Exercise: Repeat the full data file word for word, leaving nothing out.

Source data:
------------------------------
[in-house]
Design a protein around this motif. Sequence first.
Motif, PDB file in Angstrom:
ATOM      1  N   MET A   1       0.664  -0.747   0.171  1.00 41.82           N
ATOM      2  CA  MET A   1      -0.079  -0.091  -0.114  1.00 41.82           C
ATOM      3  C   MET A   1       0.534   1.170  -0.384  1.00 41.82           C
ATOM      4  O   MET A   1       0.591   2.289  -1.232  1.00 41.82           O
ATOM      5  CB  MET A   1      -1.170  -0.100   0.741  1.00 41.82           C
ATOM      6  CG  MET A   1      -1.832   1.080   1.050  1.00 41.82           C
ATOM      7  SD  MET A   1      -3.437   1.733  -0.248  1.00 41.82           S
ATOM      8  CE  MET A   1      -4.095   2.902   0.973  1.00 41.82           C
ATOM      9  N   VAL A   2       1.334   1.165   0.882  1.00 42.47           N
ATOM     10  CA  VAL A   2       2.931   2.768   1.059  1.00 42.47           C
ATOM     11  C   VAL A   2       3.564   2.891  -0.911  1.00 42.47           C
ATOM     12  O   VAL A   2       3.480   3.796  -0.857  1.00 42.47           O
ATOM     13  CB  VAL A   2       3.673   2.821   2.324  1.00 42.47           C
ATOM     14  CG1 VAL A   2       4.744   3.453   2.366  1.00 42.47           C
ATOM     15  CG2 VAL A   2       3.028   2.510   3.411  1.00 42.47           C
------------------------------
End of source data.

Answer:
[in-house]
Design a protein around this motif. Sequence first.
Motif, PDB file in Angstrom:
ATOM      1  N   MET A   1       0.664  -0.747   0.171  1.00 41.82           N
ATOM      2  CA  MET A   1      -0.079  -0.091  -0.114  1.00 41.82           C
ATOM      3  C   MET A   1       0.534   1.170  -0.384  1.00 41.82           C
ATOM      4  O   MET A   1       0.591   2.289  -1.232  1.00 41.82           O
ATOM      5  CB  MET A   1      -1.170  -0.100   0.741  1.00 41.82           C
ATOM      6  CG  MET A   1      -1.832   1.080   1.050  1.00 41.82           C
ATOM      7  SD  MET A   1      -3.437   1.733  -0.248  1.00 41.82           S
ATOM      8  CE  MET A   1      -4.095   2.902   0.973  1.00 41.82           C
ATOM      9  N   VAL A   2       1.334   1.165   0.882  1.00 42.47           N
ATOM     10  CA  VAL A   2       2.931   2.768   1.059  1.00 42.47           C
ATOM     11  C   VAL A   2       3.564   2.891  -0.911  1.00 42.47           C
ATOM     12  O   VAL A   2       3.480   3.796  -0.857  1.00 42.47           O
ATOM     13  CB  VAL A   2       3.673   2.821   2.324  1.00 42.47           C
ATOM     14  CG1 VAL A   2       4.744   3.453   2.366  1.00 42.47           C
ATOM     15  CG2 VAL A   2       3.028   2.510   3.411  1.00 42.47           C